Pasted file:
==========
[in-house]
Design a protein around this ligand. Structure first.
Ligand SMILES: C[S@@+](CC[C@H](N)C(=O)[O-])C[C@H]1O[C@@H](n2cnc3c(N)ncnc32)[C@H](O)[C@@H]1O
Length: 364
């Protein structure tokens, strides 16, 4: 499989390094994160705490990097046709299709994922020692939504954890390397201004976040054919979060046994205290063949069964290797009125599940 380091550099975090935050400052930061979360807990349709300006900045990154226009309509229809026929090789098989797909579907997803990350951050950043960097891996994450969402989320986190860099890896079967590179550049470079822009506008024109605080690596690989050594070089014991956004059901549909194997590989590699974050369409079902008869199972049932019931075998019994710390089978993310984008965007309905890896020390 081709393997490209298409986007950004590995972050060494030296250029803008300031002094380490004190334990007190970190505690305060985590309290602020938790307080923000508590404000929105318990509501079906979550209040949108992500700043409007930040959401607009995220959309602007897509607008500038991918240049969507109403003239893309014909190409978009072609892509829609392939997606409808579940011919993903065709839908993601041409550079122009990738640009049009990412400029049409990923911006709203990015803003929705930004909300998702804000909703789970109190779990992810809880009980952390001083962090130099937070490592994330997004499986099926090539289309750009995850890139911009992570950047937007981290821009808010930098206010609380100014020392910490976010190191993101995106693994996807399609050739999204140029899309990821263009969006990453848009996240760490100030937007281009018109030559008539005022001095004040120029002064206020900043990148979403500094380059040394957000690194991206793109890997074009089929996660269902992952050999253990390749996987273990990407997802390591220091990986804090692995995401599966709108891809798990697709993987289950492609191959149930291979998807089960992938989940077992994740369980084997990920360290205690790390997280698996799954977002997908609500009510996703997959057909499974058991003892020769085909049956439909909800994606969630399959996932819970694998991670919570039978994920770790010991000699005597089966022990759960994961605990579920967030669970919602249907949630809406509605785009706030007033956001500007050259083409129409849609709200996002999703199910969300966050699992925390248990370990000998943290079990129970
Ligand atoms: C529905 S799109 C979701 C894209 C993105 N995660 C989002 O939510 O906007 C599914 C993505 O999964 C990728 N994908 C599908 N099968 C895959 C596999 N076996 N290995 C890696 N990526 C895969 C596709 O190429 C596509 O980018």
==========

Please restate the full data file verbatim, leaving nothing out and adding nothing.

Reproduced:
[in-house]
Design a protein around this ligand. Structure first.
Ligand SMILES: C[S@@+](CC[C@H](N)C(=O)[O-])C[C@H]1O[C@@H](n2cnc3c(N)ncnc32)[C@H](O)[C@@H]1O
Length: 364
């Protein structure tokens, strides 16, 4: 499989390094994160705490990097046709299709994922020692939504954890390397201004976040054919979060046994205290063949069964290797009125599940 380091550099975090935050400052930061979360807990349709300006900045990154226009309509229809026929090789098989797909579907997803990350951050950043960097891996994450969402989320986190860099890896079967590179550049470079822009506008024109605080690596690989050594070089014991956004059901549909194997590989590699974050369409079902008869199972049932019931075998019994710390089978993310984008965007309905890896020390 081709393997490209298409986007950004590995972050060494030296250029803008300031002094380490004190334990007190970190505690305060985590309290602020938790307080923000508590404000929105318990509501079906979550209040949108992500700043409007930040959401607009995220959309602007897509607008500038991918240049969507109403003239893309014909190409978009072609892509829609392939997606409808579940011919993903065709839908993601041409550079122009990738640009049009990412400029049409990923911006709203990015803003929705930004909300998702804000909703789970109190779990992810809880009980952390001083962090130099937070490592994330997004499986099926090539289309750009995850890139911009992570950047937007981290821009808010930098206010609380100014020392910490976010190191993101995106693994996807399609050739999204140029899309990821263009969006990453848009996240760490100030937007281009018109030559008539005022001095004040120029002064206020900043990148979403500094380059040394957000690194991206793109890997074009089929996660269902992952050999253990390749996987273990990407997802390591220091990986804090692995995401599966709108891809798990697709993987289950492609191959149930291979998807089960992938989940077992994740369980084997990920360290205690790390997280698996799954977002997908609500009510996703997959057909499974058991003892020769085909049956439909909800994606969630399959996932819970694998991670919570039978994920770790010991000699005597089966022990759960994961605990579920967030669970919602249907949630809406509605785009706030007033956001500007050259083409129409849609709200996002999703199910969300966050699992925390248990370990000998943290079990129970
Ligand atoms: C529905 S799109 C979701 C894209 C993105 N995660 C989002 O939510 O906007 C599914 C993505 O999964 C990728 N994908 C599908 N099968 C895959 C596999 N076996 N290995 C890696 N990526 C895969 C596709 O190429 C596509 O980018």